The reducing substances of this invention which are available as food-additives include cysteine and glutathione of reduced type.
In this invention, one or more of the above-identified antioxidants or reducing substances may be employed depending on the purpose.
The fact that the above-identified substances decompose and remove a slight amount of hydrogen peroxide rapidly is proved by the following organic spots-test (by F. Feigel, "Organic Spot-Test", page 494 (1958), published by Kyoritsu Shuppan). The substance in this invention is added to aqueous hydrogen peroxide solution and then the hydrogen peroxide-detecting agent prepared from 2,7-dinitorfluorene, haemin and glacial acetic acid is added thereto. Then, the resultant solution does not show the blue color characteristic of hydrogen peroxide. The solution of antioxidants or reducing substances of this invention are prepared by using an appropriate solvent and are uniformly brought into contact with the packing materials for foodstuff sterilized with hydrogen peroxide by coating, spraying, etc. Furthermore, the packing materials for foodstuff sterilized with hydrogen peroxide are dried at high temperature with hot air, etc. to lessen the residual hydrogen peroxide and then are coated or sprayed with the solution of this invention, whereby the hydrogen peroxide on the packing materials for foodstuff may be removed effectively. Since a slight amount of hydrogen peroxide remains on the packing materials for foodstuff by treating at high temperature with hot air, the solution of an antioxidant or a reducing substance is prepared in concentration of 10-20,000 parts per million, preferably 100-1500 parts per million, and is sterilized by heating or is subjected to germ-removal through a membrane. Then, the resultant solution is sprayed or coated on the surface of the packing materials for foodstuff. Since the amount of an antioxidant or a reducing agent required is 1.2-2.0 times the equivalent amount of residual hydrogen peroxide, the amount of antioxidant or reducing agent required for decomposition of hydrogen peroxide may be readily controlled by determining the amount of the residual hydrogen peroxide beforehand, whereby the use of excess amount of the antioxidant or reducing agent may be avoided.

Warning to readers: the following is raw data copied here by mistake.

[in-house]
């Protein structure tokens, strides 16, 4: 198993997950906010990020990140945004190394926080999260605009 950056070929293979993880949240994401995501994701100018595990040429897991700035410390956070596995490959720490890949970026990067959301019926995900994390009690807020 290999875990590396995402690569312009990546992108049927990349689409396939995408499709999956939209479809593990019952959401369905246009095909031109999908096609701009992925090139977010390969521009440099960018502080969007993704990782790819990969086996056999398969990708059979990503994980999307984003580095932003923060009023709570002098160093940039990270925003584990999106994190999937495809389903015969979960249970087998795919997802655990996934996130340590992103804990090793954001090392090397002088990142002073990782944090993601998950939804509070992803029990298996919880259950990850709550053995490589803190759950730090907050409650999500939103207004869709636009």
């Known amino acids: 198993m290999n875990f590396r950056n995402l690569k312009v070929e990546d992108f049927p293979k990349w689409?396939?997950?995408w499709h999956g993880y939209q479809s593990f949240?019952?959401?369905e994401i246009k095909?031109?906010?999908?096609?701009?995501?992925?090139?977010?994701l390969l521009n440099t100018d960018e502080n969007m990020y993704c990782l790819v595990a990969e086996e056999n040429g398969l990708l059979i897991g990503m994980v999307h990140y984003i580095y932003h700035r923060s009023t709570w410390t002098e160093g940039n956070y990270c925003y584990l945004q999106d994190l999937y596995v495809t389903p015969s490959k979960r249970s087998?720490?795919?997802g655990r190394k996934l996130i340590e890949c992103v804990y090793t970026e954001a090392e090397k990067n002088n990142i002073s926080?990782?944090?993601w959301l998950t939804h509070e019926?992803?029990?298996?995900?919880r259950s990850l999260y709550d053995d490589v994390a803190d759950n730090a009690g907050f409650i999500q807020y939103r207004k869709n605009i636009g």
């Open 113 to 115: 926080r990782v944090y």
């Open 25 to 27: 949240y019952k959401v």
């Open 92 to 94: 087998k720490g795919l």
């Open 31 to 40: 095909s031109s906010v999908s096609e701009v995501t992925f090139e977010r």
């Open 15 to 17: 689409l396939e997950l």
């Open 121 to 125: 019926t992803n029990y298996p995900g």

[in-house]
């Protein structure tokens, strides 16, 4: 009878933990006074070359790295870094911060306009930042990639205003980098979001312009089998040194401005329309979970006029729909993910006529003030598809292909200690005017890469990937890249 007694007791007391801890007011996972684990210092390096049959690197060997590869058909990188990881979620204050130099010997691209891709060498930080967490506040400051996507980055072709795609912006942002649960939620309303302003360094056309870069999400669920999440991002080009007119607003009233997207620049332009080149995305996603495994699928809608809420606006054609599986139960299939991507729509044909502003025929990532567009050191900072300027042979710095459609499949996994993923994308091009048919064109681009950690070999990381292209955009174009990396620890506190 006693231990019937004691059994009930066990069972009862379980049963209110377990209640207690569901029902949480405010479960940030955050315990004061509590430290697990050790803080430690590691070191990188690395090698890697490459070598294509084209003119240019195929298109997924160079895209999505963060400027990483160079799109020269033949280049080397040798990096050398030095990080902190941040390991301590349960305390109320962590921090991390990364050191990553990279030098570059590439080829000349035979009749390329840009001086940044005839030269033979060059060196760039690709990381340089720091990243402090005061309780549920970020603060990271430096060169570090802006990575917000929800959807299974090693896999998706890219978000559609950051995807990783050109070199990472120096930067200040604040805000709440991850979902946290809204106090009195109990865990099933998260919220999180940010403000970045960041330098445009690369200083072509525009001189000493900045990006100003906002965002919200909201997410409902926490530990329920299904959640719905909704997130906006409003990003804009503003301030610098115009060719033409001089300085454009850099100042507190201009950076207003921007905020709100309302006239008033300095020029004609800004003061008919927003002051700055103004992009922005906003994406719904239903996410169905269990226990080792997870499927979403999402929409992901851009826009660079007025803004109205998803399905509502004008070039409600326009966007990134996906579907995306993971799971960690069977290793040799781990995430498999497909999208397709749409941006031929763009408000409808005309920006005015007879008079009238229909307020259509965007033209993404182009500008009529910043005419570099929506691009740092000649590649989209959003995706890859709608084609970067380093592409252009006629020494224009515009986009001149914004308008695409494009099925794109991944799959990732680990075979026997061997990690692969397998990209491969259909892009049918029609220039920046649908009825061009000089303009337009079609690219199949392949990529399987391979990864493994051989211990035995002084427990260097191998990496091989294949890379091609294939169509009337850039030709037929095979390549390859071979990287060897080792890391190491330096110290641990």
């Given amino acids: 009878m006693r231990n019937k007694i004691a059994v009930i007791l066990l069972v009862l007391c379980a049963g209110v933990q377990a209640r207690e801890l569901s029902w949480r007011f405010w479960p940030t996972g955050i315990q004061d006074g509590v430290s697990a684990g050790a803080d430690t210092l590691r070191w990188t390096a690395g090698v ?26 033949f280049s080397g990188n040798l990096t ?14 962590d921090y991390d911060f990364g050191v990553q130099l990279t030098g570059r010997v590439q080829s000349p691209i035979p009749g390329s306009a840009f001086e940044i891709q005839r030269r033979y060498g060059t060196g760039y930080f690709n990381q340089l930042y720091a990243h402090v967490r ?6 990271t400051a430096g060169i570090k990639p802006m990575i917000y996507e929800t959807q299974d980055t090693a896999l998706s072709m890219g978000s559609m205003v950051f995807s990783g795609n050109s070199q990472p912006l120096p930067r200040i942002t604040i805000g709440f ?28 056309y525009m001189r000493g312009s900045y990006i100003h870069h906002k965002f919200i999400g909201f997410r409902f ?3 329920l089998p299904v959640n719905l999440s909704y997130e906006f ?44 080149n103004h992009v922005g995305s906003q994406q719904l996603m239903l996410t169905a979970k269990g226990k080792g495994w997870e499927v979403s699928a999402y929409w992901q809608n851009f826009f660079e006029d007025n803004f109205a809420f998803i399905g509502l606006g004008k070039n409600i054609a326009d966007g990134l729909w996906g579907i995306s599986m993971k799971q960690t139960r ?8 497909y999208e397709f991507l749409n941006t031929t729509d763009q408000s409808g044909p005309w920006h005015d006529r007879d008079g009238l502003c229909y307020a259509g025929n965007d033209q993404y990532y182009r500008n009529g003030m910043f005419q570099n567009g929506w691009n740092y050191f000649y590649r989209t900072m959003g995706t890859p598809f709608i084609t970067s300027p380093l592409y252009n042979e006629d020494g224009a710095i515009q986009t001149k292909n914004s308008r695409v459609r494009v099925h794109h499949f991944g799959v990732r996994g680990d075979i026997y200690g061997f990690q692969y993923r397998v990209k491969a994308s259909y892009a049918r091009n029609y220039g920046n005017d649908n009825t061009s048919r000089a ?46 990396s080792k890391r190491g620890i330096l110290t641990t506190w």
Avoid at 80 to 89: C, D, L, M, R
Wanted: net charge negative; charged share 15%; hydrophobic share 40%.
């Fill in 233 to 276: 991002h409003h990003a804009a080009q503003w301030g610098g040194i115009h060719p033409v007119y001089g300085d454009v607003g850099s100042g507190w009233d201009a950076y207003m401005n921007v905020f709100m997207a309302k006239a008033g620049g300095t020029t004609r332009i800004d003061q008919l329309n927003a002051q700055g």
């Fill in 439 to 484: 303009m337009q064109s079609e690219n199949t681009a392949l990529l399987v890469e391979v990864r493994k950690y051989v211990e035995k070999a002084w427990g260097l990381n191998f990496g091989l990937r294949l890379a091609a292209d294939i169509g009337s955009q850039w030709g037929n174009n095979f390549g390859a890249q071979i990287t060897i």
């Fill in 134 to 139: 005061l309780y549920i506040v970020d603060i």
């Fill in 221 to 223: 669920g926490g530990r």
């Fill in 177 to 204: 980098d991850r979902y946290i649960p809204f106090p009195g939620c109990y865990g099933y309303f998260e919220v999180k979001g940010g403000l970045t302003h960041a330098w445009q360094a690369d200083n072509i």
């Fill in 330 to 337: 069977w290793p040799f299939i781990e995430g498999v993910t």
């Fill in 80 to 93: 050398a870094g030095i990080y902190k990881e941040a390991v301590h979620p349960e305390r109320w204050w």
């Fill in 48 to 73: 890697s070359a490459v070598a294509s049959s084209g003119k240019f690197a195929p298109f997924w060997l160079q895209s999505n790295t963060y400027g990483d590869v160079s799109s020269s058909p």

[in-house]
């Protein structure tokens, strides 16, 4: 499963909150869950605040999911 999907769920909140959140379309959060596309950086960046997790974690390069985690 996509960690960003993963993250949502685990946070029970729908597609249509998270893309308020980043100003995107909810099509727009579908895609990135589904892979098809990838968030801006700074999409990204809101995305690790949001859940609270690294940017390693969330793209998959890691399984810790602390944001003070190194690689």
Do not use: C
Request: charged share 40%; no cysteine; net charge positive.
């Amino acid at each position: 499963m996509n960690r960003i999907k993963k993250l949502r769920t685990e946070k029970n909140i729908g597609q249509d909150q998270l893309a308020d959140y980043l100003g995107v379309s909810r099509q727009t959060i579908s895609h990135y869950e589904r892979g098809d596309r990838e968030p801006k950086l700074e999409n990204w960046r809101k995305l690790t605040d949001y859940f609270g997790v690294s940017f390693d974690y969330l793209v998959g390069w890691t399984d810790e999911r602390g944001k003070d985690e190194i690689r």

There are two kinds of substances in this invention, that is, watersoluble and oilsoluble. They may be used appropriately according to the object, but water-soluble substances are preferable due to its easy handling.